Many folks wish George R.R. Martin finished ages ago the narrative he began with A Game of Thrones in 1996. Given the contentiousness with which the HBO adaptation of Martin’s “A Song of Ice and Fire,” Game of Thrones, has presented the ending Martin outlined to its showrunners, we imagine they’re among them. Despite having his fifth volume of the epic, A Dance with Dragons, published the same year the first season of Game of Thrones premiered, the sixth and alleged penultimate book in the series, The Winds of Winter, still never materialized. As a consequence, Game of Thrones creators David Benioff and D.B. Weiss had to more or less come up with their own journey to what seems to be Martin’s ultimate endgame plan.
It’s enough to leave some fans ready to believe in any wild conspiracy theory, one of them being that Martin has written both The Winds of Winter and the announced seventh novel, A Dream of Spring, and is simply waiting for the Game of Thrones TV series to end in order to publish it. Actor Ian McElhinney likely didn’t help matters since the thespian who portrayed Ser Barristan Selmy told Epic Con in St. Petersburg, Russia that he’s heard Martin indeed finished those books but agreed to let Game of Thrones end first before they were published. Martin has now taken to his beloved retro website to squash these absurd rumors like the Mountain crushes a grape.
“All of a sudden this crazy story about my finishing THE WINDS OF WINTER and A DREAM OF SPRING years ago is popping up everywhere. No, I am not going to provide links. I don’t want to reward purveyors of misinformation with hits.
I will, however, say for the record—no, THE WINDS OF WINTER and A DREAM OF SPRING are not finished. DREAM is not even begun; I am not going to start writing volume seven until I finish volume six
It seems absurd to me that I need to state this. The world is round, the Earth revolves around the sun, water is wet… do I need to say that too? It boggles me that anyone would believe this story, even for an instant. It makes no whit of sense. Why would I sit for years on completed novels? Why would my publishers—not just here in the US, but all around the world—ever consent to this? They make millions of dollars every time a new Ice & Fire book comes out, as do I. Delaying makes no sense. Why would HBO want the books delayed? The books help create interest in the show, just as the show creates interest in the books.
So… no, the books are not done. HBO did not ask me to delay them. Nor did David & Dan. There is no “deal” to hold back on the books. I assure you, HBO and David & Dan would both have been thrilled and delighted if THE WINDS OF WINTER had been delivered and published four or five years ago… and NO ONE would have been more delighted than me.”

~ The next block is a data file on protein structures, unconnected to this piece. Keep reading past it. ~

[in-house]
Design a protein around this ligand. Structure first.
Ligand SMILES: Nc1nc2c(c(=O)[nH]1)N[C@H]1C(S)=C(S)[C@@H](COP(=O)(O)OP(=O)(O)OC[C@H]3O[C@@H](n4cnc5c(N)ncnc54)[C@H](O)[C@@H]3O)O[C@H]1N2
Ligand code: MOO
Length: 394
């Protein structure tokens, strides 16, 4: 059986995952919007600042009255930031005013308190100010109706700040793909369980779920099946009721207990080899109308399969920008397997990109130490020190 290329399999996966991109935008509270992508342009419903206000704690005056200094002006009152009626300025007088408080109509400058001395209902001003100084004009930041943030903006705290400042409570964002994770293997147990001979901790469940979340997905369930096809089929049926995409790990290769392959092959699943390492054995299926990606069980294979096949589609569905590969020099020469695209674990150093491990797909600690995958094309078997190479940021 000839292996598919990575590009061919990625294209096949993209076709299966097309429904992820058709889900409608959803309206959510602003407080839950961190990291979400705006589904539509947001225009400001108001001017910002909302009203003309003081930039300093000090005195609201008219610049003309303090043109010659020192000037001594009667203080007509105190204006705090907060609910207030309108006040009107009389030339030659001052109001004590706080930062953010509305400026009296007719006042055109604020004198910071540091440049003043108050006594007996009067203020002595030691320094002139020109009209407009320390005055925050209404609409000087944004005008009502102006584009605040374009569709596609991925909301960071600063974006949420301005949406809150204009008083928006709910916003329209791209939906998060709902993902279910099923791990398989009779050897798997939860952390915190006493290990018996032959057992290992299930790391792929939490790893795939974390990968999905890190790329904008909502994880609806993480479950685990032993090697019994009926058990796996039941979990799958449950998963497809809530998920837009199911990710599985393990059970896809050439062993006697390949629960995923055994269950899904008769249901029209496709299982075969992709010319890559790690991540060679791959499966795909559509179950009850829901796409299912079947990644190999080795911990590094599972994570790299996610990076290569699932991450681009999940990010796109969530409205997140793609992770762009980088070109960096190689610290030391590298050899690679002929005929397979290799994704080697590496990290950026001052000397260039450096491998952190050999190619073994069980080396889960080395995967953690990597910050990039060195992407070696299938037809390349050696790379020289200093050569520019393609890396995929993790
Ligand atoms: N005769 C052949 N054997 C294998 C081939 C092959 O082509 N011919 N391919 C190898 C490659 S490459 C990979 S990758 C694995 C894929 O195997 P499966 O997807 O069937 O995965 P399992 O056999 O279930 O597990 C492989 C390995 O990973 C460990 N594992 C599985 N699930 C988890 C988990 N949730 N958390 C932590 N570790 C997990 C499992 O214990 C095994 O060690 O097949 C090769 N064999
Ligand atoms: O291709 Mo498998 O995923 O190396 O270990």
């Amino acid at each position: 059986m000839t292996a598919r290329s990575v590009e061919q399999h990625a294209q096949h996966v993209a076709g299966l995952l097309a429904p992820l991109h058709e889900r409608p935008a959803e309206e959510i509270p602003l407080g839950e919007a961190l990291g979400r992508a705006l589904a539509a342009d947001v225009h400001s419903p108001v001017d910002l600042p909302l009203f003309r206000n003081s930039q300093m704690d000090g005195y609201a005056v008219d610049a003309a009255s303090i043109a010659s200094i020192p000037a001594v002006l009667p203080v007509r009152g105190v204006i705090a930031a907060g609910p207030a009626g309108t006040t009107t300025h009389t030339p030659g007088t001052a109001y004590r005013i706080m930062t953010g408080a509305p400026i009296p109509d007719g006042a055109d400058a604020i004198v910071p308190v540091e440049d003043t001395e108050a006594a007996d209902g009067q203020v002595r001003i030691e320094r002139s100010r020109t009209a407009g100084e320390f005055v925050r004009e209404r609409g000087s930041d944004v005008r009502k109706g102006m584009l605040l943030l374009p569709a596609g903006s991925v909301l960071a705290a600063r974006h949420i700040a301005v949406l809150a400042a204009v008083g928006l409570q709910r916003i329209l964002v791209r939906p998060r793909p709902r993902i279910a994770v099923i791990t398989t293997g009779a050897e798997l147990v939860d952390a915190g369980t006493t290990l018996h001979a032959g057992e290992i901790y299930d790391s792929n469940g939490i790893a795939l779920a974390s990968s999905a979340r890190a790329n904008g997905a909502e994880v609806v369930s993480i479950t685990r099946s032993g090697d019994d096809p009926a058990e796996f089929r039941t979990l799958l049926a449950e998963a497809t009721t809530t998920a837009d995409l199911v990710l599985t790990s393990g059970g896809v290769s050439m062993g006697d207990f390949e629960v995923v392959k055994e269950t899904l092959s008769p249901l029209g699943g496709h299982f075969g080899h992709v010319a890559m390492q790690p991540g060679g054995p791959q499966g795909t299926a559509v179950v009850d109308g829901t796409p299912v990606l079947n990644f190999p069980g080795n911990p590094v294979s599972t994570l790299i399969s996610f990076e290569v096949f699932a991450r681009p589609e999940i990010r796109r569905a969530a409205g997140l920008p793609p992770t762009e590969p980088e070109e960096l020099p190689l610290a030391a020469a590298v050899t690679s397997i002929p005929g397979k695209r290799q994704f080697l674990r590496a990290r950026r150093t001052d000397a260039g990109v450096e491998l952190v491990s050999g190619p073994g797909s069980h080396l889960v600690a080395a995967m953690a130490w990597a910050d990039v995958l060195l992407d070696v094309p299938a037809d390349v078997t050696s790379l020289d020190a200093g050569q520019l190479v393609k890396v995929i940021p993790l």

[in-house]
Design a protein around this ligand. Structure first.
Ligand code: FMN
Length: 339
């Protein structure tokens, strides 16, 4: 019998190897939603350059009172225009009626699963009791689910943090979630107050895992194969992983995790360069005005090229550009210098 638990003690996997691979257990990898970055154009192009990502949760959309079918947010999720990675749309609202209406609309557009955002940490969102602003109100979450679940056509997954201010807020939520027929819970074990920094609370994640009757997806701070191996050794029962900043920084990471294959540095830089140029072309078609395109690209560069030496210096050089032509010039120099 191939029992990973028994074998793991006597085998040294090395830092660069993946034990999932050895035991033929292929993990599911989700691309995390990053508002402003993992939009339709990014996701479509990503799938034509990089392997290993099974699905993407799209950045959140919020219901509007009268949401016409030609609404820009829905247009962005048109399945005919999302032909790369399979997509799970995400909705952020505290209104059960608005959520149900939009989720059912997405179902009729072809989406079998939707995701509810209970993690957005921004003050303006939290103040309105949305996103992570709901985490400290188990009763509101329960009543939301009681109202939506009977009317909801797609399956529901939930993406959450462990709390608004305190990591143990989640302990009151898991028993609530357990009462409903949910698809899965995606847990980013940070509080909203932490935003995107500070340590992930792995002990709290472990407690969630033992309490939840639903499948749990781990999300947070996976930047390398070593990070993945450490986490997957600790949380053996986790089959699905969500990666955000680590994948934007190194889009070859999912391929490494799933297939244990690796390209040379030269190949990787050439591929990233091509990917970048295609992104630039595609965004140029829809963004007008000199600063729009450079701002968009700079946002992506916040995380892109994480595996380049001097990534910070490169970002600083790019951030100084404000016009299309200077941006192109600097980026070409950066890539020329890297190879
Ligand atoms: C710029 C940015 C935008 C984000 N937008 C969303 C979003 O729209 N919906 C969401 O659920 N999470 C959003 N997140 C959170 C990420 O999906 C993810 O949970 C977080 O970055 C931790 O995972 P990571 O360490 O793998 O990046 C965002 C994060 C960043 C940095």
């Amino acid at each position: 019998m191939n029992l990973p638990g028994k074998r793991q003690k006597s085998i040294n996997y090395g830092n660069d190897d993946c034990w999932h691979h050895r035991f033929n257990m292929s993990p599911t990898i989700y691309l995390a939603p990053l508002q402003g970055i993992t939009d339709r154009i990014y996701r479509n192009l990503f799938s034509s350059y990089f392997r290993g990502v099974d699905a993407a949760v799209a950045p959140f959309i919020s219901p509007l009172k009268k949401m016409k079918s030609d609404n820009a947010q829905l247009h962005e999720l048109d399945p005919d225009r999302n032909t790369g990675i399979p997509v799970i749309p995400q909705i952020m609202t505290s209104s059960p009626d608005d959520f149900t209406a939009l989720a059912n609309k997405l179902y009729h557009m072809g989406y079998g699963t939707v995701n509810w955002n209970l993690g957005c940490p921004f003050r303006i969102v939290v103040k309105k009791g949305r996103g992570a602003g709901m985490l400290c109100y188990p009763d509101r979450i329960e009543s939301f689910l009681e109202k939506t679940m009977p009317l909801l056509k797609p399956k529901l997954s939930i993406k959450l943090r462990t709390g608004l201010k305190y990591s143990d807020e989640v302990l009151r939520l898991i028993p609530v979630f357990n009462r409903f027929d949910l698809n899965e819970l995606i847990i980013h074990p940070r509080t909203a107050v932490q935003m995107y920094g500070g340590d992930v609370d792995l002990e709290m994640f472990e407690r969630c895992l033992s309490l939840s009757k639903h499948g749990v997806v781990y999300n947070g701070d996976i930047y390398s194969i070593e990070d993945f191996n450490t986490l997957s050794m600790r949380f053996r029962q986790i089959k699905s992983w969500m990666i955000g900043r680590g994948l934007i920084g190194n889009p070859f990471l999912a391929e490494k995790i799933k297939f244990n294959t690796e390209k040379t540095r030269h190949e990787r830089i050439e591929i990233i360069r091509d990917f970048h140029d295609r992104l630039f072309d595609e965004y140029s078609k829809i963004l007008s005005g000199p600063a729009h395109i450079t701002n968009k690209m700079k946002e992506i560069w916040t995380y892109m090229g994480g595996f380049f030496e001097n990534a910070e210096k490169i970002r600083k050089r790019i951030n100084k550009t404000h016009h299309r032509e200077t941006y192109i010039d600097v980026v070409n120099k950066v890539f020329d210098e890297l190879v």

It’s fairly unequivocal and speaks to common sense. If the books were finished, the publication of each one would have only raised awareness for Game of Thrones. Martin’s books would’ve infiltrated the zeitgeist more (and likely sold more copies) when the show was still on the air and no one knew the ending, and likewise the show would’ve benefitted from its popularity just as the Harry Potter movies did every time a new J.K. Rowling book was published to thunderous demand. Plus—frankly—while I think the final two episodes of Game of Thrones are going to more or less be Martin’s ending, the three seasons leading up to them were mostly Benioff and Weiss… and it’s becoming very apparent they would’ve loved to have strong source material to guide that path more deftly.
For the record here is a link to McElhinney’s misguided comments last month where he said, “What I’ve been told is that George has already written books six and seven, and as far he’s concerned there are only seven books. But he struck an agreement with David and Dan, the showrunners of the series, that he would not publish the final two books until the series has completed. So if all goes well, in another month or two, we might get books six and seven. Am I am intrigued to know how Barristan for instance ends up going through those final two books. George, I talked to him during season 1, and he did say to me that Barristan had a very interesting journey, but unfortunately I didn’t get to play all of that, so we’ll have to wait and see.”
Barristan might have an interesting journey to play in the later novels, but these rumors are just words and wind that lead to nowhere.